Letters to the Editor, December 10-16, 2020


The Editor:

As one who has lived his entire life in Whatcom County, I applaud the county’s decision to actively dismantle systemic racism through the allocation of taxpayer dollars and governmentally mandated policy decisions to be carried out in our county.

As Abraham Lincoln so famously stated in his message to Congress, December 1, 1861, “It is the primary duty of government bureaucrats to intrude themselves into the lives of private citizens that they may force them to comply to the societal morality as defined by their government for the greater good.”

I joke, but your article brought to mind a story told to me by a fellow I worked with for several years, of his own experience. This man had just graduated from college, and wanted to go back to the reservation to help his people. (This was a long, long time ago, when the world, and some of us, were a lot younger, and a lot less jaded.) So, he got a job in tribal government. But it wasn’t long before he ran afoul of the tribal council, and was fired.

Why, you may well ask, was an idealistic young man, who only wanted to use his education for the benefit of his people given the boot? Was he lazy? Didn’t do his job? No. Was he incompetent? Again, no. Then why would the tribal council fire such a person? He was fired because … he was too white. Don’t you just hate bigoted people?

So, according to our county agencies, “systemic racism” is bad, I guess. Unless it is practiced against minorities, or anybody, who is “too white?”

Mark Aaron Aamot



The Editor:

We arrived home, minus my purse, on a sunny morning after eating a takeout breakfast in the car at the Blaine marina. We drove back, praying that it had fallen out of the car and was still in the parking lot, but no such luck.

We returned home prepared to notify the bank and department of licensing and found a message light blinking on our phone. Hooray!

It was the police department with a message for us. An honest and thoughtful citizen of Blaine, who did not leave their name, had turned in my purse with all the contents intact. And the police notified us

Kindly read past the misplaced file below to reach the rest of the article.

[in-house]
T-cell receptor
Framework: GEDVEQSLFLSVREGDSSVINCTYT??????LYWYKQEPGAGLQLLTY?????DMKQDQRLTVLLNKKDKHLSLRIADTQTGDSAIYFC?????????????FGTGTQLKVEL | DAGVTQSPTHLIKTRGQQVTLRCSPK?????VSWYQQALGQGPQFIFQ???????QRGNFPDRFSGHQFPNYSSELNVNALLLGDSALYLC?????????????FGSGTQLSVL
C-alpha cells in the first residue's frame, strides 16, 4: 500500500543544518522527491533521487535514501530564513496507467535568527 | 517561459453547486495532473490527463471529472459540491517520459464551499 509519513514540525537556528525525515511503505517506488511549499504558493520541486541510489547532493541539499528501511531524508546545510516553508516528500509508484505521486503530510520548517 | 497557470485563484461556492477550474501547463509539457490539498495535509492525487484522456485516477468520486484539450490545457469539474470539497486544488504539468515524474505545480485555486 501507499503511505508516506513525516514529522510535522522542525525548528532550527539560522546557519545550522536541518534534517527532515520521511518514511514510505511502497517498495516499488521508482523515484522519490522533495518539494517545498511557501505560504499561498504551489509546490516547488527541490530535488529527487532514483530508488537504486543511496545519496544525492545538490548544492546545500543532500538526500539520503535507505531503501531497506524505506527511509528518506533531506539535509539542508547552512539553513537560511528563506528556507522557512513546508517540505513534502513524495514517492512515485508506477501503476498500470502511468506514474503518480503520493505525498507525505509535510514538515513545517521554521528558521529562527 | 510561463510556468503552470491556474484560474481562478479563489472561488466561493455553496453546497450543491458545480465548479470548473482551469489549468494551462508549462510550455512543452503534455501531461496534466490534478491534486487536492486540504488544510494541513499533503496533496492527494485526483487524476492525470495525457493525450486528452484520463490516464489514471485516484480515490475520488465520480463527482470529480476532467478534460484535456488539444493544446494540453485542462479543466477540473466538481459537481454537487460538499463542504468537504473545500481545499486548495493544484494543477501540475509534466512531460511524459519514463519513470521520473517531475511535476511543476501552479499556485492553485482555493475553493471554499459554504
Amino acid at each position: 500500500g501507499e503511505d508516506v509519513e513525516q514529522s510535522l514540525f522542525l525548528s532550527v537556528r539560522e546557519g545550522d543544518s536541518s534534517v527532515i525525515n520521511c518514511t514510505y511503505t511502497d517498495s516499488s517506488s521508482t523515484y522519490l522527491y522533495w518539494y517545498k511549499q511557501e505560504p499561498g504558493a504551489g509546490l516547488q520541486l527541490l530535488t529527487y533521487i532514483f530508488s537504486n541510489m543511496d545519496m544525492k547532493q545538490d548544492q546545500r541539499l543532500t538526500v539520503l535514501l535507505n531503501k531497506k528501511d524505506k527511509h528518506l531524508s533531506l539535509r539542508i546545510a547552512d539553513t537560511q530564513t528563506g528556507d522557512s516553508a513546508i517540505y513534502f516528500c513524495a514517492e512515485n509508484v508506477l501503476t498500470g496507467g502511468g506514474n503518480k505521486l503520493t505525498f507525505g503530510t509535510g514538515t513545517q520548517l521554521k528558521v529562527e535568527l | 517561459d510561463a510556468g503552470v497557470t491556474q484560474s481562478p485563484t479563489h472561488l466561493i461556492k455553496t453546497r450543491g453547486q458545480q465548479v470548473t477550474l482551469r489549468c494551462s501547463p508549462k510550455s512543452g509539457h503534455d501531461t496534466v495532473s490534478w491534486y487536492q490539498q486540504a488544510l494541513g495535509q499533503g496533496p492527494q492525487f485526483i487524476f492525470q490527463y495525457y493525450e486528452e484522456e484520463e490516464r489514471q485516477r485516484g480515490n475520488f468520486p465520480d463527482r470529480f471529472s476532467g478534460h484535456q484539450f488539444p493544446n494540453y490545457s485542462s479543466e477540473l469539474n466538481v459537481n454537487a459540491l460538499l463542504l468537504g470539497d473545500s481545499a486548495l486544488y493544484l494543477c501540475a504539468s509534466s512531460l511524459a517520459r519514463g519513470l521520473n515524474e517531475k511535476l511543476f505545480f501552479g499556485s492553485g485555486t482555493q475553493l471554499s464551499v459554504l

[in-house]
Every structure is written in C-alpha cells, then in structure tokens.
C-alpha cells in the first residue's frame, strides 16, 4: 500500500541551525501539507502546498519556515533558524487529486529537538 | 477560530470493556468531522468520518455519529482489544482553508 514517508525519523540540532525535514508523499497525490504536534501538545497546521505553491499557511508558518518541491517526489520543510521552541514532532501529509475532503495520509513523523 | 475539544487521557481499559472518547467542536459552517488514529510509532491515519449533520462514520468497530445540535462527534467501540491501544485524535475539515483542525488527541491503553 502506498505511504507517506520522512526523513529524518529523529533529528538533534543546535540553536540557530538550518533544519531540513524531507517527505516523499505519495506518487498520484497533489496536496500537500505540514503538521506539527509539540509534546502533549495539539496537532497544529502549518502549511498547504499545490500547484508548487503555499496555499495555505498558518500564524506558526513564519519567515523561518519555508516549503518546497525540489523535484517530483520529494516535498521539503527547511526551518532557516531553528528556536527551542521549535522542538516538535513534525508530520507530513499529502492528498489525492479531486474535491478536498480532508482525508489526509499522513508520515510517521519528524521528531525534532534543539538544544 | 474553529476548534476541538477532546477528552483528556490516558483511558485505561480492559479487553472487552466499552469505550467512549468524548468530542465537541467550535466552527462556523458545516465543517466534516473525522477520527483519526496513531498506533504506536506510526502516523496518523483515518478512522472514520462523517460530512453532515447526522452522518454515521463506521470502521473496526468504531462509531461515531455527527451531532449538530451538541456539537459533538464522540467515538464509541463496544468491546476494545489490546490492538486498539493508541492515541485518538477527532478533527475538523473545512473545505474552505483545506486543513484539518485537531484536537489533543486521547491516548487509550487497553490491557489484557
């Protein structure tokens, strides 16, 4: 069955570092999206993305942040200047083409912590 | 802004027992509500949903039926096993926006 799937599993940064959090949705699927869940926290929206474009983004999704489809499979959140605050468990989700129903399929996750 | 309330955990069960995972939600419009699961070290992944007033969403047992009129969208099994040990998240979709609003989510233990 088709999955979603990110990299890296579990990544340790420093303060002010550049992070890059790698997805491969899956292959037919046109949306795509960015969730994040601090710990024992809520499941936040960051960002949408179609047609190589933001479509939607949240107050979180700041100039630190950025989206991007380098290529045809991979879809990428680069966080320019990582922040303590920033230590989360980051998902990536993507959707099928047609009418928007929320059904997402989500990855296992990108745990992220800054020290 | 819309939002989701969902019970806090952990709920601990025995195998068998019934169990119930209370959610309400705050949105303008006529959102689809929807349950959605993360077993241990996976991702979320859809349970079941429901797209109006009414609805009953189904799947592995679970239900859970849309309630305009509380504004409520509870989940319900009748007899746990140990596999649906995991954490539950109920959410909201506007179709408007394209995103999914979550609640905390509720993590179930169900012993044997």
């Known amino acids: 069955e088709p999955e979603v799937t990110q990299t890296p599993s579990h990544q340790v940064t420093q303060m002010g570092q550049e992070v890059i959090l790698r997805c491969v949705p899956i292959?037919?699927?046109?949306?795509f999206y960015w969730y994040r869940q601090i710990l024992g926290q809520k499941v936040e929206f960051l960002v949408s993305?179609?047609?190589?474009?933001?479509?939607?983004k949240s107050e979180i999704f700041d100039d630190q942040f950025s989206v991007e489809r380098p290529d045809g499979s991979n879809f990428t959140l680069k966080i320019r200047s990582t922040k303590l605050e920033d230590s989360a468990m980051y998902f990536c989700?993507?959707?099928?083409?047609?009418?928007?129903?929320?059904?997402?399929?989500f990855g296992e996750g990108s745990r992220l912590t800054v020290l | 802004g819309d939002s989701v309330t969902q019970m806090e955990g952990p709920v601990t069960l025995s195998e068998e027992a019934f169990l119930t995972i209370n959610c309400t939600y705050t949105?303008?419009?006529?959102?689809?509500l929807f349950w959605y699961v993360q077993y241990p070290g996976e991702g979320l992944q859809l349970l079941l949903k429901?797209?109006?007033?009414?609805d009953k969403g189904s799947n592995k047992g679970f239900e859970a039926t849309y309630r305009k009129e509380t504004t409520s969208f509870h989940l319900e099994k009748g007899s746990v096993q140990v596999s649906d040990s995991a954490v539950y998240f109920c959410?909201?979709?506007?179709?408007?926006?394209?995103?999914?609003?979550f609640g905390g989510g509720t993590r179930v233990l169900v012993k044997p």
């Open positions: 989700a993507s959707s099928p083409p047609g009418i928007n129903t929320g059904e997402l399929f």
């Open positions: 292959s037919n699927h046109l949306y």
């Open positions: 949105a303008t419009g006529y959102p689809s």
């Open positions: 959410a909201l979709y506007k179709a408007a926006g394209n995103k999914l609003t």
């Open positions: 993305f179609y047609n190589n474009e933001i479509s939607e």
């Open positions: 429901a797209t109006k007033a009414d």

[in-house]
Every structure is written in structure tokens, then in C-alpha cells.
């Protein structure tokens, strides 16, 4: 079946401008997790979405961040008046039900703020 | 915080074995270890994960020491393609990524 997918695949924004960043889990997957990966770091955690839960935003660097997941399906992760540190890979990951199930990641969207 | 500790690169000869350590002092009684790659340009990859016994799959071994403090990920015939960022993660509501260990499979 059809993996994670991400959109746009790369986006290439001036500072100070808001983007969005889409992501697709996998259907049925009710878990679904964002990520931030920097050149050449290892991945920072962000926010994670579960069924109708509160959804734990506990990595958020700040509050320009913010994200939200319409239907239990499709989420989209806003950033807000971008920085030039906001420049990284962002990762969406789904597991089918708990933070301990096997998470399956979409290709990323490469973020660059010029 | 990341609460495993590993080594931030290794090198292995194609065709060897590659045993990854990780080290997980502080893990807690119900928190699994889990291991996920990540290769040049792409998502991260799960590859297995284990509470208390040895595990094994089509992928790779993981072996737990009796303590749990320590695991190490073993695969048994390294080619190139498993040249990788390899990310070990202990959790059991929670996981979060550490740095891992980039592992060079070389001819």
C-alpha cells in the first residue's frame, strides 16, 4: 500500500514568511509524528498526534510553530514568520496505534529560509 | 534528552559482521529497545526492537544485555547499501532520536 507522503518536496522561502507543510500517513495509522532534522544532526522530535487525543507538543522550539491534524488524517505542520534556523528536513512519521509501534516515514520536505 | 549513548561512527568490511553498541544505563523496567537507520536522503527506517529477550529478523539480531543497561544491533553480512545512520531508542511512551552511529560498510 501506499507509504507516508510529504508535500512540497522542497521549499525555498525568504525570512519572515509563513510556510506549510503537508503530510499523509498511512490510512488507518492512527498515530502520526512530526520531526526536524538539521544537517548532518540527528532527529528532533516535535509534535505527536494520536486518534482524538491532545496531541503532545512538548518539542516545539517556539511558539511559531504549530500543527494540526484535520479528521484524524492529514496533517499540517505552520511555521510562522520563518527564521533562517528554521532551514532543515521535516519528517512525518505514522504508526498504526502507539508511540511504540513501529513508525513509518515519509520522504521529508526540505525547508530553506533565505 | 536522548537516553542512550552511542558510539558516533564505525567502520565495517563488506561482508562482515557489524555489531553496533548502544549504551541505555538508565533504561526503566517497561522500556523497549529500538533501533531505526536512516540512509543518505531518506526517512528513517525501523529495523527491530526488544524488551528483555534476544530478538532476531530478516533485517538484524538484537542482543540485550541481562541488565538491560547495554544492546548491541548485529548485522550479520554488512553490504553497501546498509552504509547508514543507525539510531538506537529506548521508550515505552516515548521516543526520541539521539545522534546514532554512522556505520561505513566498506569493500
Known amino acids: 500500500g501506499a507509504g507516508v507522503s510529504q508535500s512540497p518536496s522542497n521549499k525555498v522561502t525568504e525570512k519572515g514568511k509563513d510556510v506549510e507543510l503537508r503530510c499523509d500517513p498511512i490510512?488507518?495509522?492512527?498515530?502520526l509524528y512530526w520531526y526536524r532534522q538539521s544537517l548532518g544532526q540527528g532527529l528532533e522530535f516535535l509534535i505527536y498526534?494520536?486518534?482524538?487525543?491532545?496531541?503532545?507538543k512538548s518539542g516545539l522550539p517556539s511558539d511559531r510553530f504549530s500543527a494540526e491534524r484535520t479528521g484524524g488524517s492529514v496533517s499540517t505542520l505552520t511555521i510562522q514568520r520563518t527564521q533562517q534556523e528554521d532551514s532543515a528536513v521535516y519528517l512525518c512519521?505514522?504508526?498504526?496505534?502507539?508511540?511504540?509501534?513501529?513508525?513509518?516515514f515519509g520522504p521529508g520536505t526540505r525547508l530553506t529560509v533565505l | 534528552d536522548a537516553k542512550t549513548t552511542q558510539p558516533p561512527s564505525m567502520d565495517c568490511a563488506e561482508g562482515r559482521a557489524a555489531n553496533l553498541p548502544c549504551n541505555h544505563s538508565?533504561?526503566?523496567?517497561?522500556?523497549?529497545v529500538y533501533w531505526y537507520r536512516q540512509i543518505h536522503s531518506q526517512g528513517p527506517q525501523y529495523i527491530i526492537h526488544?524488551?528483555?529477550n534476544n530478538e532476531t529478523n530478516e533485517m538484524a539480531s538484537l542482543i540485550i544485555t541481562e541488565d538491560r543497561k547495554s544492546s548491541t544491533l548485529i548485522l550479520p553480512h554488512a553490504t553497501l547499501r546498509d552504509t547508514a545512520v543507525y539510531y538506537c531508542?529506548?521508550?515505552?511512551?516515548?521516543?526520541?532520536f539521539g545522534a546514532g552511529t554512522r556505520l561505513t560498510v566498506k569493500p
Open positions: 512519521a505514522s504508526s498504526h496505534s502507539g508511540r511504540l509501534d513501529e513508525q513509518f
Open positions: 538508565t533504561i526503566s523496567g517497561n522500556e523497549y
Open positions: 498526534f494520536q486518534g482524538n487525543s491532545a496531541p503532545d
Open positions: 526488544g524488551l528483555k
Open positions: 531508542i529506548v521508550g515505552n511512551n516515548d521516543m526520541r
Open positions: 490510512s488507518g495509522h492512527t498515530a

Thank you, honest citizen, and our police department employees.

Sandra Anderberg



The Editor:

Do you suspect that Covid-19 data is being misrepresented to the public? Not having any medical background (other than dealing with life’s 80-year-old physical issues), I do not know.

I suspect so. Check it out for yourselves. Recently published Washington state Department of Health data, relative to influenza, for the past 48 weeks of this 2020 season, indicates: zero deaths total, and zero outbreaks in long-term care facilities. Sound strange? For 2019, per the same department’s published data, Washington state had 245 deaths, due to the same strain of influenza. There’s a lot more data in those reports, relative to 2020 and comparable past year-to-year occurrences and deaths, that, I suspect, should cause some head scratching.

There have also been serious declines in reported other morbidities this past year. Area total death data, unlike say election data, cannot be fabricated. The assignment of deaths to Covid-19 has apparently sucked up the opportunities for other deaths.

Covid-19 seems to have (tongue-in-cheek) cured many other previously lethal human ailments. Again – I’m no medical authority, however, I have some common sense (or at least there’s been occasional evidence of it). So, check it out for yourselves. Be safe, don’t be scared, and don’t be cowed.

Pete Werner


(Ed. Note: The writer is comparing deaths from the entire flu season in 2018/2019 versus the flu season so far in 2020/2021. The DOH number weeks are according to the week in the year as opposed to sequential weeks. Each influenza season runs from week 40 of one year to week 39 of the next (roughly October to October). As of Week 48 (November 22-28, 2020), there have been no flu deaths in the state. The average number of deaths as of Week 48 for the past nine years is 2.4 with a range of 0 to five deaths. In the 2019/2020 flu season overall, there was a total of 113 deaths; in 2018/2019, there were 245.)


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